Viewers of The Colbert Report do not all see the same show. Liberals see host Stephen Colbert as a liberal acting the part of intolerant blowhard. Conservatives, in contrast, identify with many of the attitudes Colbert affects and relish the ridicule he heaps on liberal nostrums and liberal guests. Both groups think The Colbert Report is funny. Both groups think Colbert is on their side.

So conclude Heather LaMarre, Kristen Landreville, and Michael Beam of Ohio State University, who showed video clips of Colbert to three hundred college students for their study “The Irony of Satire,” published in the April 2009 International Journal of Press/Politics. As the authors note, the findings mirror those of a study done thirty-five years ago of viewer responses to All in the Family, the most popular TV sitcom of the 1970s. In that study, Neil Vidmar and Milton Rokeach found that liberals considered Archie Bunker, the politically conservative protagonist, the racist and sexist goat of the show, his bluster blatantly ridiculous, whereas conservatives saw Archie as the hero of the show, giving voice to a shared morality.

We take issue with the authors’ statement that the power of political satire to influence opinion is more modest than one might imagine because “audience perceptions play a much stronger role than previously thought.” Previously thought by whom? The notion of “selective perception”—people seeing what they want to see—has been a hallowed touchstone in the literature of social psychology for decades.

Still, the Ohio State study does shine a light on an interesting dilemma facing media professionals: If selective perception is so powerful, how do they persuade audiences to open their minds to change, embrace a fresh outlook? Well, it isn’t easy, especially when dealing with issues that elicit strong feelings in audiences. One tactic, often employed in both advertising and politics, is to recruit a celebrity spokesperson. According to the standard view of celebrity advocacy, celebrities quickly draw attention to particular issues and coax the public to sign on. If you have a neglected cause with great news potential, just get a Bono or an Angelina Jolie to trumpet your message and it will quickly become part of the mainstream news flow.

Or maybe not. A study by A. Trevor Thrall and seven graduate students from the University of Michigan—Dearborn finds that although celebrities participate in advocacy more than ever before, their influence on getting their issues covered in the news remains minimal. According to the study “Star Power: Celebrity Advocacy and the Evolution of the Public Sphere,” published in the October 2008 International Journal of Press/Politics, the more famous a celebrity, the more active he or she will be in advocacy; and while high-profile celebrities are more likely to get their issues in the news than less famous celebrities, the overall effectiveness of celebrity advocacy is still marginal. According to the authors, celebrity advocacy has moved increasingly from trying to convince media gatekeepers to place their causes on news programs for general audiences to targeting already-interested parties online, especially on social networking sites, to urge them to commit more time and money to their favorite causes. In short, even celebrity advocacy is discovering the efficiency of narrowcasting.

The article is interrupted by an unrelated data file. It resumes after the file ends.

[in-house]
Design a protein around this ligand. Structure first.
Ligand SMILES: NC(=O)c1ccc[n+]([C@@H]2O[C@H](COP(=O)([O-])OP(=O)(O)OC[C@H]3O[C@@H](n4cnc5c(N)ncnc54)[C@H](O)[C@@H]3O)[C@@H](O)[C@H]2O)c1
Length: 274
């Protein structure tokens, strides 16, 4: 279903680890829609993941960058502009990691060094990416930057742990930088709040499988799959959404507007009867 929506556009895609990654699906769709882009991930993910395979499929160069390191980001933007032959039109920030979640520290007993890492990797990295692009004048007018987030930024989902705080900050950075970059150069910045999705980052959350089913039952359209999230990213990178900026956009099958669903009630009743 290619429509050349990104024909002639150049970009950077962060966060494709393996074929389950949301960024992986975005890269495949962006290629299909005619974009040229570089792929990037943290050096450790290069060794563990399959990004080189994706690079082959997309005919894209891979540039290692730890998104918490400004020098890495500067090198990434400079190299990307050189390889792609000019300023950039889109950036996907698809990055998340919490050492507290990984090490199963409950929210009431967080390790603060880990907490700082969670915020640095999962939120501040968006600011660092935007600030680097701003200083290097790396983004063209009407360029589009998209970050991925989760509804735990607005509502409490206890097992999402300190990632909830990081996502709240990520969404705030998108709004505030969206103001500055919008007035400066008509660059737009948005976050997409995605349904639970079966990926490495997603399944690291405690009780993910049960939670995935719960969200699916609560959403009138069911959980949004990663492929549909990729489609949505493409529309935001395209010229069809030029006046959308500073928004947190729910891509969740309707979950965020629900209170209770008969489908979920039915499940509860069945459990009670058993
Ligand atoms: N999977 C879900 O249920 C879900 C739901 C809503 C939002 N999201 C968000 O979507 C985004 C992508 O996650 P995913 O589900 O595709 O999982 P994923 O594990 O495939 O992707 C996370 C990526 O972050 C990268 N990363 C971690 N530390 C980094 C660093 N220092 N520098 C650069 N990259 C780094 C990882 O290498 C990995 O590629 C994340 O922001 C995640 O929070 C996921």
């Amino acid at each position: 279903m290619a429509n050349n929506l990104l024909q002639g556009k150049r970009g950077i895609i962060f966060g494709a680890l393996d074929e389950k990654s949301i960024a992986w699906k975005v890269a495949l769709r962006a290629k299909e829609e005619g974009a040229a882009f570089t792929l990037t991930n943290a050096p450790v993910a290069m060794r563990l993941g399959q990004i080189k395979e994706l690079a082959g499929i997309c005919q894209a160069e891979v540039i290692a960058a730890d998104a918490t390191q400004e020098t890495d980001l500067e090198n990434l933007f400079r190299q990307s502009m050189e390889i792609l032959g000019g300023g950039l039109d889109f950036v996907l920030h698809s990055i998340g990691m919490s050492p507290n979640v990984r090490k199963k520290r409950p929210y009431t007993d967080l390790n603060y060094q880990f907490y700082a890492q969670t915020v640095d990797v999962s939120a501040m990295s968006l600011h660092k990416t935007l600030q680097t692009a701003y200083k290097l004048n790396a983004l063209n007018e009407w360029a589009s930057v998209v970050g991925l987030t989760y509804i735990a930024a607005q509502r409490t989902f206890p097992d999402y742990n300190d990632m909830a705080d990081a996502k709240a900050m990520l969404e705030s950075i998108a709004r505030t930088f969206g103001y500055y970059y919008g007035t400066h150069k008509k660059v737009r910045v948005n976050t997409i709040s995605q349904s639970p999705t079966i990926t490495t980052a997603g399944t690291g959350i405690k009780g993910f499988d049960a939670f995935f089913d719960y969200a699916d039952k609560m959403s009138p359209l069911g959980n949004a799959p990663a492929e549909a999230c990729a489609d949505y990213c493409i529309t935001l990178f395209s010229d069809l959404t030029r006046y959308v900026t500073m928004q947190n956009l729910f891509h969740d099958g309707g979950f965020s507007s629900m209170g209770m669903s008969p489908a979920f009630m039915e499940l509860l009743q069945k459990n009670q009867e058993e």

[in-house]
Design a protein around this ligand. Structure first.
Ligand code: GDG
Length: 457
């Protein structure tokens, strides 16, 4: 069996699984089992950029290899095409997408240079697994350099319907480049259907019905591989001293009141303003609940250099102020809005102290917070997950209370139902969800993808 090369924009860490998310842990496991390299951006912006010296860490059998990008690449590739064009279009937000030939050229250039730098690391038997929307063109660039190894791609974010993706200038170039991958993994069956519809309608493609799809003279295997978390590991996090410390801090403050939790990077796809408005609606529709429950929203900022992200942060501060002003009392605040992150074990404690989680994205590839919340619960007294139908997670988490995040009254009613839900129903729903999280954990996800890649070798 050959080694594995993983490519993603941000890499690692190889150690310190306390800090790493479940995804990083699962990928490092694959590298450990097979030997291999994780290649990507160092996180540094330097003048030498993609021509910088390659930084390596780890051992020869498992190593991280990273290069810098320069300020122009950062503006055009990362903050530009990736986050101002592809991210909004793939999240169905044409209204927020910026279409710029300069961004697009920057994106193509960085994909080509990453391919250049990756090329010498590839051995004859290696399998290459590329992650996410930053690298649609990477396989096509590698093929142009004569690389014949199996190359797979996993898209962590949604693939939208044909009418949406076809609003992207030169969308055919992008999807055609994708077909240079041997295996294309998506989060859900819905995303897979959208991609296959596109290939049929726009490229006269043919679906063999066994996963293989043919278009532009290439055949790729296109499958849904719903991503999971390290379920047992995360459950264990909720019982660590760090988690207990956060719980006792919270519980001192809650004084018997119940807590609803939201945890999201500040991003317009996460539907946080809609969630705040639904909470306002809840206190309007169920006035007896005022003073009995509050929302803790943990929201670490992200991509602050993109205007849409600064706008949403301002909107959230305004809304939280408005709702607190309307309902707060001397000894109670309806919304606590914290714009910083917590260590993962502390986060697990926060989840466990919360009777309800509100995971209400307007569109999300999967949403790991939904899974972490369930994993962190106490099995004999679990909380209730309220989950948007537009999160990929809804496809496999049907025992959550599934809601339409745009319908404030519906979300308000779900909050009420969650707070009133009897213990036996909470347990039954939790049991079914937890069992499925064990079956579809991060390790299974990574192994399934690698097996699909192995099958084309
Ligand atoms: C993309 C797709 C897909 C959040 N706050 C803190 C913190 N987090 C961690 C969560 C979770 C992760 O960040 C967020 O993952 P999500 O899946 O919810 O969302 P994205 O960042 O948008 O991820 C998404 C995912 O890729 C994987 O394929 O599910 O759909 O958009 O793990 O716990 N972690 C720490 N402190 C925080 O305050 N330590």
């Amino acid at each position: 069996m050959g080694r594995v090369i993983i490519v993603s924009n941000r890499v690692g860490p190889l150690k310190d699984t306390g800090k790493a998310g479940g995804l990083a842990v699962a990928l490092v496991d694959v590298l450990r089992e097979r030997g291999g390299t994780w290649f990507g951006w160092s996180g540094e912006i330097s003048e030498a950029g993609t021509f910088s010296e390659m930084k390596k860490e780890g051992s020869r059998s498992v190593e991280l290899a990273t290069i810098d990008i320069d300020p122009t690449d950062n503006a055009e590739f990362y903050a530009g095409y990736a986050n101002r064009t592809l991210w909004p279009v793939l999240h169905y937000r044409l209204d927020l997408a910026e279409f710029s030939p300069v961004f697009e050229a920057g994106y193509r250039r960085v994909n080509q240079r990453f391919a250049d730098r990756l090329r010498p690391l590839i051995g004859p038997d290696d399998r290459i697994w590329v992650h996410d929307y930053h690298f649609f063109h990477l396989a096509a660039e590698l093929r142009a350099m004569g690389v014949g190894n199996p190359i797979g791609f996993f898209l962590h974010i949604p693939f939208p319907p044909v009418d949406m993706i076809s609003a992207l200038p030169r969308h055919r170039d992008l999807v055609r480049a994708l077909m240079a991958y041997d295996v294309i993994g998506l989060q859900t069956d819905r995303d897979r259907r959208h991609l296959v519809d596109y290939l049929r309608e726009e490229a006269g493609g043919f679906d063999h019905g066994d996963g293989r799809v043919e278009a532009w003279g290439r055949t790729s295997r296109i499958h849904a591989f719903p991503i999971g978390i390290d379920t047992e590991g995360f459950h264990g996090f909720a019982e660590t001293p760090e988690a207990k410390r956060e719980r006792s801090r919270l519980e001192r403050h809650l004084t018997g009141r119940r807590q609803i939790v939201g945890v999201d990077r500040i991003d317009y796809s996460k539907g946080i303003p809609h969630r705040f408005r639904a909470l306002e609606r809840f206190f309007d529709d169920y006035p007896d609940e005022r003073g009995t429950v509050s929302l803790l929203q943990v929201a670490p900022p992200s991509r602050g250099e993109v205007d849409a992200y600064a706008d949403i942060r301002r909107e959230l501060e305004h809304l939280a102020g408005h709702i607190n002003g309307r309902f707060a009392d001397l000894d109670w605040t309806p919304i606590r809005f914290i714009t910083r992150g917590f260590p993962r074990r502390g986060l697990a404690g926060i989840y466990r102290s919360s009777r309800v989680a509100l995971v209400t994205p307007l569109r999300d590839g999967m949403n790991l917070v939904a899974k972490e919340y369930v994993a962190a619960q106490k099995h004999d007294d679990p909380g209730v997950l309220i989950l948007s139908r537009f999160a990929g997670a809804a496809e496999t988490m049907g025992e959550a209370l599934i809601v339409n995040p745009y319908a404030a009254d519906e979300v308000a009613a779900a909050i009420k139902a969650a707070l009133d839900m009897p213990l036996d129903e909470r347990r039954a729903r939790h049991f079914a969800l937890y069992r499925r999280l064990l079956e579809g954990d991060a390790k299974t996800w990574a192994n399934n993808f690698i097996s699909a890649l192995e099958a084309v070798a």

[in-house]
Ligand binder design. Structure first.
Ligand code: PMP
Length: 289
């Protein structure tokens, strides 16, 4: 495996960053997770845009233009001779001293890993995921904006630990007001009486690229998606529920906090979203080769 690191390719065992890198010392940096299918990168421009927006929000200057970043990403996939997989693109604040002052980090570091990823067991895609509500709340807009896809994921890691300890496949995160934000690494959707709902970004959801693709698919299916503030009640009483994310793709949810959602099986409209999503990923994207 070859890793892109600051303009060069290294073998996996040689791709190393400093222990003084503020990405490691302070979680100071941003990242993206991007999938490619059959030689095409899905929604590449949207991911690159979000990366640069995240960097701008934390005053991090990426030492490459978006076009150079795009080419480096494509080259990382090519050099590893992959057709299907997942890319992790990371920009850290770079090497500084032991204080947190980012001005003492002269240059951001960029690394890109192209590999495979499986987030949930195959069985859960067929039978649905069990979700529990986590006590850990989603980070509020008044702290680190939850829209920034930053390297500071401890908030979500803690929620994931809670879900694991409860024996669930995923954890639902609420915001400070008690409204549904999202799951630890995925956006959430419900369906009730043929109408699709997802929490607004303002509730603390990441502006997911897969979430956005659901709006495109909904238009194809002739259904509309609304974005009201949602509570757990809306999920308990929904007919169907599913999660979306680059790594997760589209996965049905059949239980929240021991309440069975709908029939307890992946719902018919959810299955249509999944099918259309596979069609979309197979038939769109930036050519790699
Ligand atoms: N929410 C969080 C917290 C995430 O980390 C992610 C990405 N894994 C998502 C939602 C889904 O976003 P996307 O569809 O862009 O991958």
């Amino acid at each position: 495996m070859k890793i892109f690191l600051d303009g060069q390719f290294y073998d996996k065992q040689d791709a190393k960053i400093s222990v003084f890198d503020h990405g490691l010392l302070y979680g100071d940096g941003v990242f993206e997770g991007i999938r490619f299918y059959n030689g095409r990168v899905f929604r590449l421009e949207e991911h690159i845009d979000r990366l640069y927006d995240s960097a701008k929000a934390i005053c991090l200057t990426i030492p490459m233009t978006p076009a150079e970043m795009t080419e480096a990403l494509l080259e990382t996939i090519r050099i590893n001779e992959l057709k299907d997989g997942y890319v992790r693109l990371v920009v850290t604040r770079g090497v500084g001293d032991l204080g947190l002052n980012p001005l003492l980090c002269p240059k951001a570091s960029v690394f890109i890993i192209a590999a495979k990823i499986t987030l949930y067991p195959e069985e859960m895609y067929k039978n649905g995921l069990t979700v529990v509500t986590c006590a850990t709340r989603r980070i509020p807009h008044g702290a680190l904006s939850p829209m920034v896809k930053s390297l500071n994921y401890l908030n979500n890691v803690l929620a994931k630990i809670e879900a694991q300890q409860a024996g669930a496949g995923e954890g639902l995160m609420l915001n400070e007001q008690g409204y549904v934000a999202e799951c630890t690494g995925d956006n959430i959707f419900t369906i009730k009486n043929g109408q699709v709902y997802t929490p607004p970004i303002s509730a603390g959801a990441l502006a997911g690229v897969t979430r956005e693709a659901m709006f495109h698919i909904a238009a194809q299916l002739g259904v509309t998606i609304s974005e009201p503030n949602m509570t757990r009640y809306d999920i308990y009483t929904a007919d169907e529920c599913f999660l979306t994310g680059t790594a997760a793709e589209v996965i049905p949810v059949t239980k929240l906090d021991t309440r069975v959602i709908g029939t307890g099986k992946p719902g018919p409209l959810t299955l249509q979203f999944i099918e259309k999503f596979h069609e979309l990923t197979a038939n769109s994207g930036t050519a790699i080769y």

The authors focused their study on print-media sources but they might have found more star-power impact on general audiences by looking at local radio, local TV, or even Twitter, where Ashton Kutcher recently advocated for malaria prevention. The authors also warn that our fragmented media space leads to increasingly partisan attitudes, supporting the common complaint that in the new media environment, people listen only to those they agree with. But that conclusion strikes us as premature—the new media environment also creates meeting points of diverse opinions; blog posts often link to and comment on sources they strongly disagree with, exposing readers to broader contexts, and Google searches yield ideologically diverse sites whether you want them or not. The more rapidly and remarkably things change in our media environment, the more carefully we have to examine whether, or how, or in what direction, or in which various directions, those often stubborn creatures—human beings—are changing, too, if at all.

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Michael Schudson and Julia Sonnevend write The Research Report for CJR.